Freddie was many things: a sublimely talented singer, songwriter and musician, and a generous and devoted friend. However, no one could ever accuse him of being meek and mild. His personal assistant and close friend, Peter Freestone, told Express Online that the star actually used to make people angry on purpose: “Freddie would start fights because it gave him the impetus to work, it made him flow.” There are fabulous stories of him training with Bowie, who died on this day in 2016. The superstars clashed during their collaboration on Under Pressure, but the real clash came on a completely different recording. The truth emerged during a fascinating interview with Freddie from 1983.
Queen’s original sessions with Bowie took place in Switzerland, where Brian May fondly remembers the two singers constantly butting heads.
Freddie recalled: “We were friends for a long time. We were in Montreux in Switzerland, we have a studio there, and he lives there and he kept coming to the studio and listening to our tracks and we were playing some of his old songs.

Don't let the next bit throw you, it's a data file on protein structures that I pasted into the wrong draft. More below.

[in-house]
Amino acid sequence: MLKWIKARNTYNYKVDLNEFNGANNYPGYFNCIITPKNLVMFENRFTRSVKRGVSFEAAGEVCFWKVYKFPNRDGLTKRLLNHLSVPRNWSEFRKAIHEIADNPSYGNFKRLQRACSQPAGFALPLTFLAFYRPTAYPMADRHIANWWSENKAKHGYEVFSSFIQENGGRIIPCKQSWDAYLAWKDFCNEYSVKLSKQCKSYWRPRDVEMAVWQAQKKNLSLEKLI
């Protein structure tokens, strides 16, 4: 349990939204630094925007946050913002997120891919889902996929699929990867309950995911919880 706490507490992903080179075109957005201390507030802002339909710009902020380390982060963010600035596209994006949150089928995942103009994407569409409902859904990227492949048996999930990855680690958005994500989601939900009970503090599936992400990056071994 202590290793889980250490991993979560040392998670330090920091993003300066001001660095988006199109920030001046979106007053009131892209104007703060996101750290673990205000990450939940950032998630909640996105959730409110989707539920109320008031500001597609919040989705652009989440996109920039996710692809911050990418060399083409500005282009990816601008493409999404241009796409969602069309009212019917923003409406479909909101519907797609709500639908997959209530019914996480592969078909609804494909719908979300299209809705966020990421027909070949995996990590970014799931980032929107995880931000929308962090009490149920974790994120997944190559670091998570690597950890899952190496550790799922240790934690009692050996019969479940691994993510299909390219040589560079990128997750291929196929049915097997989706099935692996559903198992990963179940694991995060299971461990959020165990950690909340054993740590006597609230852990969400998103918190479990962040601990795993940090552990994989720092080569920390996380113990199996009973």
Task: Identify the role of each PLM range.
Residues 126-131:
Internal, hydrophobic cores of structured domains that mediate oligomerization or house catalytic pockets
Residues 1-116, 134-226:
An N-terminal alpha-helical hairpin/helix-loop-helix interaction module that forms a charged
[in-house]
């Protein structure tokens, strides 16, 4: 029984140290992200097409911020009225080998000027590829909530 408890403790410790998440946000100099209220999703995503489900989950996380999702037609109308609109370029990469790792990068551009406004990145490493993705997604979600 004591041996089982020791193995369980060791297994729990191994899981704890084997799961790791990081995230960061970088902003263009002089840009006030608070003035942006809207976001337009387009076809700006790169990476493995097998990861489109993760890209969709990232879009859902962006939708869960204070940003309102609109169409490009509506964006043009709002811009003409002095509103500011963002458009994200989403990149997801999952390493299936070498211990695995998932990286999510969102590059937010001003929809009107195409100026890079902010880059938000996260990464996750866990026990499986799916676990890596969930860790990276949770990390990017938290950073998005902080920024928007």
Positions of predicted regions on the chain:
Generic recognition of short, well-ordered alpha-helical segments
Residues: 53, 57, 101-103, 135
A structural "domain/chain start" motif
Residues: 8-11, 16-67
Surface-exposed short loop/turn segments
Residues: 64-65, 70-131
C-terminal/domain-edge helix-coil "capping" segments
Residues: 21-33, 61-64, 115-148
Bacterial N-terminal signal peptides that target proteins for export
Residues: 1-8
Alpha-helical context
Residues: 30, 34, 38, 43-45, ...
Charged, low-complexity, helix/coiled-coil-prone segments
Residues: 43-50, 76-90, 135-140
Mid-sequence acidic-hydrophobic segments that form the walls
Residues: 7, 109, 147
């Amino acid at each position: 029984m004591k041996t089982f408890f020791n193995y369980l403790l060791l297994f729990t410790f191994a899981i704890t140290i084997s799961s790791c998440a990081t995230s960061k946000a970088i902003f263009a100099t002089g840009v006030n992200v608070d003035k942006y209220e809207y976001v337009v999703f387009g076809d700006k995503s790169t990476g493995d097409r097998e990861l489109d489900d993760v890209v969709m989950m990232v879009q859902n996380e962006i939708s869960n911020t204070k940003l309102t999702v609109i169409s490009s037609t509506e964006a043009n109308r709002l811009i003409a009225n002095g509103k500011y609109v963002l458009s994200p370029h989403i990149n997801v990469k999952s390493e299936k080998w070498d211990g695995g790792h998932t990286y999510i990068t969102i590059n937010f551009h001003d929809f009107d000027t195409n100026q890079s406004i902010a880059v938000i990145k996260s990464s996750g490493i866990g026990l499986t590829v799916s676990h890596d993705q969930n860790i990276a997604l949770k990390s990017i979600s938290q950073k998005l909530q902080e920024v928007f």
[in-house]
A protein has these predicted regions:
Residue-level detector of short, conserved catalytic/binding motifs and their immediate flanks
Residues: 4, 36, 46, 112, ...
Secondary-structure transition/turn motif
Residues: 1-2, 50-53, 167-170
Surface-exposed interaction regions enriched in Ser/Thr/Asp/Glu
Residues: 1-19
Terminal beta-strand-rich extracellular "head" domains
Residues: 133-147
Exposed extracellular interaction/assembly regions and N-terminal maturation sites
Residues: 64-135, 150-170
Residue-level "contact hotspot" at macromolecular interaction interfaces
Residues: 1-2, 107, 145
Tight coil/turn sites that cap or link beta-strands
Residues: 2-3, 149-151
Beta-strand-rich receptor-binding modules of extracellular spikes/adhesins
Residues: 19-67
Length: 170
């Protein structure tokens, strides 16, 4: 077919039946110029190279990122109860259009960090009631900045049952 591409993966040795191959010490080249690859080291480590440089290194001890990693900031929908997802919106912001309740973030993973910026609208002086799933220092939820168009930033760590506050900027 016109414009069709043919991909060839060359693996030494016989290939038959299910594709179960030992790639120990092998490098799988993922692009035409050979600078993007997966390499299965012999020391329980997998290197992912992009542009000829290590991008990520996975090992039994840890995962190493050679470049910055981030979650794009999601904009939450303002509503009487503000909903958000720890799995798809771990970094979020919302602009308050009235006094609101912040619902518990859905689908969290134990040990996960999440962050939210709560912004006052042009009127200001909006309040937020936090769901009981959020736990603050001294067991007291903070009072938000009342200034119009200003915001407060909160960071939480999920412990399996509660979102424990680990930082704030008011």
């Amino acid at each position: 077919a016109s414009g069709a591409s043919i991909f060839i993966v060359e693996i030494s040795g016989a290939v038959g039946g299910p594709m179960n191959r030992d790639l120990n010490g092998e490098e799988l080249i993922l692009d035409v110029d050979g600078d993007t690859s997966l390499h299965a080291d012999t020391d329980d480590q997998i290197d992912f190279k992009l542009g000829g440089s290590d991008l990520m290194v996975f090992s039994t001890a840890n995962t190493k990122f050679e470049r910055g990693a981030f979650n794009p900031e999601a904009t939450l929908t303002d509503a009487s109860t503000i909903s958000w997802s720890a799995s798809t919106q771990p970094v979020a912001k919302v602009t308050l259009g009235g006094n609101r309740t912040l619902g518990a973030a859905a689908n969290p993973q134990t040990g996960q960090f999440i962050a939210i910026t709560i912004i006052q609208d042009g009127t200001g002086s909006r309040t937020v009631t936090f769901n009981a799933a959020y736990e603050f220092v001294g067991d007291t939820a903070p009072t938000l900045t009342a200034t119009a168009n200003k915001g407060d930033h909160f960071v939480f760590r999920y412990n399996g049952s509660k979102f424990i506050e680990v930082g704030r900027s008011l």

“One night we were having dinner and after that we went back to the studio… and it just happened and he said, ‘Why don’t we start goofing around and see what happens?’ We started playing the piano and the rest of the band was there and Under Pressure started building.”
May also revealed that there are still unreleased tracks from those recording sessions that never saw the light of day because Bowie blocked their release.
However, it was during another recording session that Bowie really upset Freddie.
In a 1983 interview (which you can see above), Freddie was asked about rumors of clashes with Bowie during Under Pressure and let details about another fight spill out.
He said, “No. That was something else. He did backing vocals on one of my songs that was on the album, which wasn’t Under Pressure, that was something else.
“When it came to getting released, he didn’t like what he did. I was like, ‘Shit, he tells me right when the thing is about to come out!'”
Freddie was asked how he dealt with the problem. He laughed and said, “That’s just artistic license. ‘Okay,’ I said, ‘it’s easy enough, I just erase his voice,’ and it came out… It was just background vocals.”
Asked if he thought Bowie had gone too far and if it ruined their friendship, he added: “Whatever. I think it was unnecessary (what he did). We’re talking, we’re just in different parts of the world.” I’m not one of those queen bitches, no, no, no… He’s fine, he’s fine.”
Just a few years later, Bowie would perform Under Pressure with Lisa Stansfield at the Freddie Mercury Memorial Concert For Life in 1992.
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